Mediterranean diet is model of healthful eating
By Anthony L. Komaroff, M.D.
DEAR DOCTOR K:
I keep hearing about the health benefits of a Mediterranean diet. But what IS a Mediterranean diet?
The "Mediterranean diet" refers to the traditional diet of Greece, Italy and other countries near the Mediterranean Sea. There is a good deal of scientific evidence that the diet has health benefits.
The Mediterranean diet consists mostly of plant foods. These include fruits, vegetables, grains, beans, nuts and seeds. Animal protein is consumed chiefly in the forms of fish and poultry. Olive oil is the principal fat. And wine is taken with meals.
What are the health benefits of the Mediterranean diet? For people who follow the diet regularly, there are many of them. The diet is associated with lower body weight. There is a reduced risk of Type 2 diabetes, Parkinson's disease and Alzheimer's disease. People who regularly follow the Mediterranean diet have lower risks of dying of heart disease, stroke or cancer, and have a longer lifespan.
Sound good? There is no pill ever invented that can give you all those health benefits.
We have a lot more information in our Special Health Report called "Healthy Eating: A Guide to the New Nutrition." You can find out more about it at my website.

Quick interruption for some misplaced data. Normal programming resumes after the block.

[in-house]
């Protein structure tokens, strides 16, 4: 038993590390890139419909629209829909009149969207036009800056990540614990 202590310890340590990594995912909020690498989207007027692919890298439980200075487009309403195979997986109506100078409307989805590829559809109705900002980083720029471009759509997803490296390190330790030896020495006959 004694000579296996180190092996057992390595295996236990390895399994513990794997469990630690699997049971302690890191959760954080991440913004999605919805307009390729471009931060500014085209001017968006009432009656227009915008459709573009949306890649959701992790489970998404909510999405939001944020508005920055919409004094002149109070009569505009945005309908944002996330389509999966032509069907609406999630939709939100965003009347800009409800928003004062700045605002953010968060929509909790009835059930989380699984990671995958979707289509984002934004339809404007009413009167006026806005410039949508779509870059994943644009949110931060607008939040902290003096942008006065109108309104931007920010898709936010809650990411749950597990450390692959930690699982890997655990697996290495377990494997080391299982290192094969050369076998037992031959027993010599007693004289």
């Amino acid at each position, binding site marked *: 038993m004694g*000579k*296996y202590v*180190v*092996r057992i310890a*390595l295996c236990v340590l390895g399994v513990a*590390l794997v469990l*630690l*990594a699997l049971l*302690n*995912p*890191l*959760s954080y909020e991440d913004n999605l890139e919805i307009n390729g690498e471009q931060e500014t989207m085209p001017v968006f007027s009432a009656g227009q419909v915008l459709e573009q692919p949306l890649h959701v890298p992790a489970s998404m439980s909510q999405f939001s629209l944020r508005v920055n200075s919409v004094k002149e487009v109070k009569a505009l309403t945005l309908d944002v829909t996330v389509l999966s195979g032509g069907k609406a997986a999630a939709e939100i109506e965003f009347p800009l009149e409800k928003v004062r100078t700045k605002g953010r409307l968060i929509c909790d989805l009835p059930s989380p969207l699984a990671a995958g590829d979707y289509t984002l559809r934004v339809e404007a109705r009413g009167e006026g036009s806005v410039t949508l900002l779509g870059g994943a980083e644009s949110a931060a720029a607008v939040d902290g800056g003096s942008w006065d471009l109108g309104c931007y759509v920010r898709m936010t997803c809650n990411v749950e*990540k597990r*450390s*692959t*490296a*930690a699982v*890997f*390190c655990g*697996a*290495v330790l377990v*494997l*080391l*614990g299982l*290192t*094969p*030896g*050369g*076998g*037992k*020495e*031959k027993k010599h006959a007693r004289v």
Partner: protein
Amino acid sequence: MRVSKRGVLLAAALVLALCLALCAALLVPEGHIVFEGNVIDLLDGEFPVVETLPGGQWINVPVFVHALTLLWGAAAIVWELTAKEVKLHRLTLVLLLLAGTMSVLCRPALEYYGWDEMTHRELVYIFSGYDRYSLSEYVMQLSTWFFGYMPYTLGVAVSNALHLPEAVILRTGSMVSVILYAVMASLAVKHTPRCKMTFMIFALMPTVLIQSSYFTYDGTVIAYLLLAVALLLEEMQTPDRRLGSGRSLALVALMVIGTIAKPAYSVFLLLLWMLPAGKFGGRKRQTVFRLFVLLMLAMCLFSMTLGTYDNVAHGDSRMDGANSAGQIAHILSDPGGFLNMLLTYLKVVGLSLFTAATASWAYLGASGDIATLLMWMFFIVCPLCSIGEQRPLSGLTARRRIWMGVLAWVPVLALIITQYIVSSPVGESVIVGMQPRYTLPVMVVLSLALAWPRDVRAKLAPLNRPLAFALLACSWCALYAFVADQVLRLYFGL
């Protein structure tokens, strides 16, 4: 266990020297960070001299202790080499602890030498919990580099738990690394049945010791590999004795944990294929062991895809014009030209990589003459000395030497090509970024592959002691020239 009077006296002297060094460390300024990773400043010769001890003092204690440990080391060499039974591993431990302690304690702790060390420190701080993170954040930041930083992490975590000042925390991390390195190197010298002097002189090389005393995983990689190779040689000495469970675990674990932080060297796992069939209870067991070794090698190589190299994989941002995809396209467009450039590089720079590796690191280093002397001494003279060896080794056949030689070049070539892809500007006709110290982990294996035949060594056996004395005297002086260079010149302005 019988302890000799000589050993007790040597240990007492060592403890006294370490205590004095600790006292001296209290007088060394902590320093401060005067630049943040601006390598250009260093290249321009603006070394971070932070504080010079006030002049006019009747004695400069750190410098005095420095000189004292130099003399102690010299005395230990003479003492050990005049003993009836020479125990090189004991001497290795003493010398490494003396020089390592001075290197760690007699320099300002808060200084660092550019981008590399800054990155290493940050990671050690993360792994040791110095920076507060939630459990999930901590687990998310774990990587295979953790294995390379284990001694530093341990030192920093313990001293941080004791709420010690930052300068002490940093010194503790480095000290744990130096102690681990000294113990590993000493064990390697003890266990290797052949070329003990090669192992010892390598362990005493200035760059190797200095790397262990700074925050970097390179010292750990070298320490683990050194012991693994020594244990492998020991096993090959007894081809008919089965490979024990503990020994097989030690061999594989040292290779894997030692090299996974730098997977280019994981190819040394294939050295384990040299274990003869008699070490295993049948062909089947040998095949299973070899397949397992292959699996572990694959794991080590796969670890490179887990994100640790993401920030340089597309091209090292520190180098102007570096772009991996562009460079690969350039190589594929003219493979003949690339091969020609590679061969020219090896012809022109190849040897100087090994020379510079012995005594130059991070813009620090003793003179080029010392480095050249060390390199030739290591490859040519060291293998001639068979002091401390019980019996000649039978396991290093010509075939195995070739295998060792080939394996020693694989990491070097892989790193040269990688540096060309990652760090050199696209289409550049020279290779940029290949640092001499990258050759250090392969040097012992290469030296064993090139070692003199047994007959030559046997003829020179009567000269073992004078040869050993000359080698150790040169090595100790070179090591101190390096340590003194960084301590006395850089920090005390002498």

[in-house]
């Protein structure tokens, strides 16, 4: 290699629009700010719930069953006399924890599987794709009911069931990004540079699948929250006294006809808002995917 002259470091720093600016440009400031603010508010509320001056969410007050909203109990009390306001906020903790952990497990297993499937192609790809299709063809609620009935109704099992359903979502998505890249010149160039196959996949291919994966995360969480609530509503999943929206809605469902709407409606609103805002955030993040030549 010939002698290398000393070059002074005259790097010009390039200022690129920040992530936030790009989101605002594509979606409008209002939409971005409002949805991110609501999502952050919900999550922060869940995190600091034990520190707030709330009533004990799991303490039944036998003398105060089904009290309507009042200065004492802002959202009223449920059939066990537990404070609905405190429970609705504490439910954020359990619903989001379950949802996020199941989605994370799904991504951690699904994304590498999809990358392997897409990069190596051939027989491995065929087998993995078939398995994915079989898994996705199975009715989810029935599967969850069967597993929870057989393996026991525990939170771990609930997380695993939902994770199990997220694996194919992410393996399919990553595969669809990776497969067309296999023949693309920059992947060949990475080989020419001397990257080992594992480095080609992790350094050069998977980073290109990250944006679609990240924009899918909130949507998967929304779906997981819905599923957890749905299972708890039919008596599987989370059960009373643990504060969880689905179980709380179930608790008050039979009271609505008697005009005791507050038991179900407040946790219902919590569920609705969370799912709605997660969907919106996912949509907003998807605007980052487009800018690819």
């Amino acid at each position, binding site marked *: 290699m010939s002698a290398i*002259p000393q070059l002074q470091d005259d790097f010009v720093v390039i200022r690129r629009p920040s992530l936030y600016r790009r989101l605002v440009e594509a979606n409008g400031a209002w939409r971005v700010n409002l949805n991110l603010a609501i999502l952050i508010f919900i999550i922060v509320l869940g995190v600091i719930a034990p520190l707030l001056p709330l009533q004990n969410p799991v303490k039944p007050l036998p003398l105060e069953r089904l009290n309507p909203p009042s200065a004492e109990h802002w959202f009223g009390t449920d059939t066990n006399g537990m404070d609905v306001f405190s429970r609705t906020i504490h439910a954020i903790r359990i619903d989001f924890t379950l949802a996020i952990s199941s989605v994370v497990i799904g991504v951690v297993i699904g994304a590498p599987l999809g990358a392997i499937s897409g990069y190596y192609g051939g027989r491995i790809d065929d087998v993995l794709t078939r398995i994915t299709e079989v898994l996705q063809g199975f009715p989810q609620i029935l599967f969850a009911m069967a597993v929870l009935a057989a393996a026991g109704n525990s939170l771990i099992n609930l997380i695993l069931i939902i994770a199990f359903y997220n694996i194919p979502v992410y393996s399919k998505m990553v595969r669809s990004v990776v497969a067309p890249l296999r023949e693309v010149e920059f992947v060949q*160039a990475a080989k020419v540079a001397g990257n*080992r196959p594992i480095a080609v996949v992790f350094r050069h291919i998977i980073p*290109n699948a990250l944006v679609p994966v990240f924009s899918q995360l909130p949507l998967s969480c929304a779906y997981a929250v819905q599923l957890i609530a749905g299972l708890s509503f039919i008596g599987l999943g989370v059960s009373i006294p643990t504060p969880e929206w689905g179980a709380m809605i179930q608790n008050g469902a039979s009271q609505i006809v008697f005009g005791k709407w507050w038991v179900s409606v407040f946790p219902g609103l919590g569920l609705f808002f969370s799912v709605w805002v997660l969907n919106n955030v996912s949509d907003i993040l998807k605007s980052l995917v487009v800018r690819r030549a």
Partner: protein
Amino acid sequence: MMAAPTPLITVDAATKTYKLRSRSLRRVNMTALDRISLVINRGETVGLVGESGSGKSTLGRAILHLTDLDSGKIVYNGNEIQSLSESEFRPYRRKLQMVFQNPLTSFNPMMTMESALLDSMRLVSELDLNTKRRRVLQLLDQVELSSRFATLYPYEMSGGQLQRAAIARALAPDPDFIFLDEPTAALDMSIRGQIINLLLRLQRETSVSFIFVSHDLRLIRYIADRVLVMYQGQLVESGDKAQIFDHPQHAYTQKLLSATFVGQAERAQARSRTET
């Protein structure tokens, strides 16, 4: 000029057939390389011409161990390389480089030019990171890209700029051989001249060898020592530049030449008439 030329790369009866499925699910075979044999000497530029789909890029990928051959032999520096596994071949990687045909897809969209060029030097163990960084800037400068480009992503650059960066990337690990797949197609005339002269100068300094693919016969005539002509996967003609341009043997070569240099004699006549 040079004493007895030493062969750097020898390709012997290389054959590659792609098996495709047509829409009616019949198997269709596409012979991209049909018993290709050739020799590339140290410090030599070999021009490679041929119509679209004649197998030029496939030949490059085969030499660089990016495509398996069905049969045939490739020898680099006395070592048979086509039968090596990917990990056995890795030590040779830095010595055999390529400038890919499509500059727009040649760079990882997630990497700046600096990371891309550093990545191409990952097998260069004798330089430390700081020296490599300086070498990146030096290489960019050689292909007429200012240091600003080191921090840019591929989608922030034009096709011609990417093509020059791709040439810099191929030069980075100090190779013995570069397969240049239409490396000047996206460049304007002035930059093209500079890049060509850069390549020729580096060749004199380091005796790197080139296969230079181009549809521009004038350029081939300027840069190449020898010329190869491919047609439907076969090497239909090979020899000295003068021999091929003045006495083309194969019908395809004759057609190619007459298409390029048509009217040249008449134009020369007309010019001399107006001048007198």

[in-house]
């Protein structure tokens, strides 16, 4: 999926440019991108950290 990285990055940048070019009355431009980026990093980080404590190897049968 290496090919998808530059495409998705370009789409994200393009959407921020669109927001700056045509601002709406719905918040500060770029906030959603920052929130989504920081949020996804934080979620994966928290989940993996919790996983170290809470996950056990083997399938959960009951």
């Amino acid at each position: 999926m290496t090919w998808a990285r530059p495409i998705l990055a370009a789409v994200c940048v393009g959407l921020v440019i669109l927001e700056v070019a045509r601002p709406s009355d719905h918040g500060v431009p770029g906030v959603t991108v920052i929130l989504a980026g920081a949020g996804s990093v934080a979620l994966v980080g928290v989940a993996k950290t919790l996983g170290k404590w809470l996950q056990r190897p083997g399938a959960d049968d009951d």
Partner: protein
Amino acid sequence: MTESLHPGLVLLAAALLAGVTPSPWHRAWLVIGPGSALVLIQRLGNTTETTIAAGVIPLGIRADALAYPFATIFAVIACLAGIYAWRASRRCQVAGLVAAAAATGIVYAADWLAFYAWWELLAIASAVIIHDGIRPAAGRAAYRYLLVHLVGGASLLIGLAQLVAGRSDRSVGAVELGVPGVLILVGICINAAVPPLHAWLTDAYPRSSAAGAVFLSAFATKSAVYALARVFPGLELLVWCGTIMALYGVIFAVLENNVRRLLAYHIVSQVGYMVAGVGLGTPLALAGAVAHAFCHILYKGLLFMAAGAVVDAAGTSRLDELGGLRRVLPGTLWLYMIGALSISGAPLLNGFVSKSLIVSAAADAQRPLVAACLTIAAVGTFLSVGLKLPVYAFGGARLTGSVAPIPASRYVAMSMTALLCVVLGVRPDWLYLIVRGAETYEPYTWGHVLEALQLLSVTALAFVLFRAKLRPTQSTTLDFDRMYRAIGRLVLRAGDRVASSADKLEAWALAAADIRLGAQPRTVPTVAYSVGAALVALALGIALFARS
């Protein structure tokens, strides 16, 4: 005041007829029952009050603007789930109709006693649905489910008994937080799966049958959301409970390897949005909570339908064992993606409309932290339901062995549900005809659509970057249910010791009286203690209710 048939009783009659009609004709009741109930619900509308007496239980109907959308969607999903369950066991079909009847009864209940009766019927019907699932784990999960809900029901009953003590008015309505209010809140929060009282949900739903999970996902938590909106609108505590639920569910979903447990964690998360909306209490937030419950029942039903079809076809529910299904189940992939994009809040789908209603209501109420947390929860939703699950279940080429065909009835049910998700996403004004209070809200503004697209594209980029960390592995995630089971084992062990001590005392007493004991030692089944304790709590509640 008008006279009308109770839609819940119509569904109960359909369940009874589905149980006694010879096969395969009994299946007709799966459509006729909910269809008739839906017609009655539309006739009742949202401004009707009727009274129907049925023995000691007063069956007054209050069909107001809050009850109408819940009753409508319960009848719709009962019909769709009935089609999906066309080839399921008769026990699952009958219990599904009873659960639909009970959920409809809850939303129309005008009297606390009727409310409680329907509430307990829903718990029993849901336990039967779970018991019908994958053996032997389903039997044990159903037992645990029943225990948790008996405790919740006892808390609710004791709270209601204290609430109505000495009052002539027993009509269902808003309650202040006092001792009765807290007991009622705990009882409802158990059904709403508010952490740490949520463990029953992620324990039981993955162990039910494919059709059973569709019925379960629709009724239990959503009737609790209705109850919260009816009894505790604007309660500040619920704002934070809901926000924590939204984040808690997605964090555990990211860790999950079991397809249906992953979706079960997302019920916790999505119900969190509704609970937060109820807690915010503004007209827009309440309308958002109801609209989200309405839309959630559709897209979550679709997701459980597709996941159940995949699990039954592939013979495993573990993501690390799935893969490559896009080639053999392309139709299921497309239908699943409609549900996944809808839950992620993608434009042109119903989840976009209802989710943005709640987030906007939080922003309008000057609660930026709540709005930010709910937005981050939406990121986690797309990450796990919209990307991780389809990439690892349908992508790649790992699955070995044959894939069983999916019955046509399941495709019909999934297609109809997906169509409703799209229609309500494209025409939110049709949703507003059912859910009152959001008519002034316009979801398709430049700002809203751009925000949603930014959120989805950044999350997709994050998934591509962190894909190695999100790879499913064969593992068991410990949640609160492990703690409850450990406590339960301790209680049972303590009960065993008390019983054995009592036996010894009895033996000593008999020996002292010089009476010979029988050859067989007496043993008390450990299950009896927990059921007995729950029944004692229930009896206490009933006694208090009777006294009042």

In the meantime, here are some tips to help you get started on eating the Mediterranean way:
(1) Pile on the fruits and vegetables, and eat many different -- and different-colored -- varieties.
(2) Go a little nuts. Nuts are nutritious, but calorie-dense. Restrict yourself to a small handful a day. Some grocery stores sell small bags of mixed nuts and dried fruits. The total calories in one bag are about 150 to 200. I keep a bunch in my desk and have one bag a day, typically at a time (like mid-afternoon) when I'm feeling a little sleepy and hungry.
(3) Go for the whole grains. There are good carbohydrates ("carbs") and bad carbs. Choose whole grains (good carbs) over refined grains. Whole-grain breads, for example, are healthier than white breads, brown rice is healthier than white rice. And I think whole-grain breads and brown rice also taste better. (I wish I could tell you that I've found a brand of whole-grain pasta that I think tastes better than traditional refined-grain pasta, but I haven't. If you have, let us know.)
(4) Eat good fats. For a long time, we've been told that fat in the diet is bad for you. That's just plain wrong. There are good fats and bad fats. You need the good ones, and olive oil and canola oil are rich in good fats. (Butter and lard are full of bad fats.) Omega-3 fatty acids are healthy fats and are found in anchovies, sardines, mackerel and salmon.
(5) Slow down. Embrace the traditions of the Mediterranean diet by taking time to enjoy your meal. Eating a large meal over 30 to 40 minutes, instead of 15, allows you to feel full with much smaller portions. And that helps control your weight.
(Dr. Komaroff is a physician and professor at Harvard Medical School. Go to his website to send questions and get additional information: www.AskDoctorK.com.)
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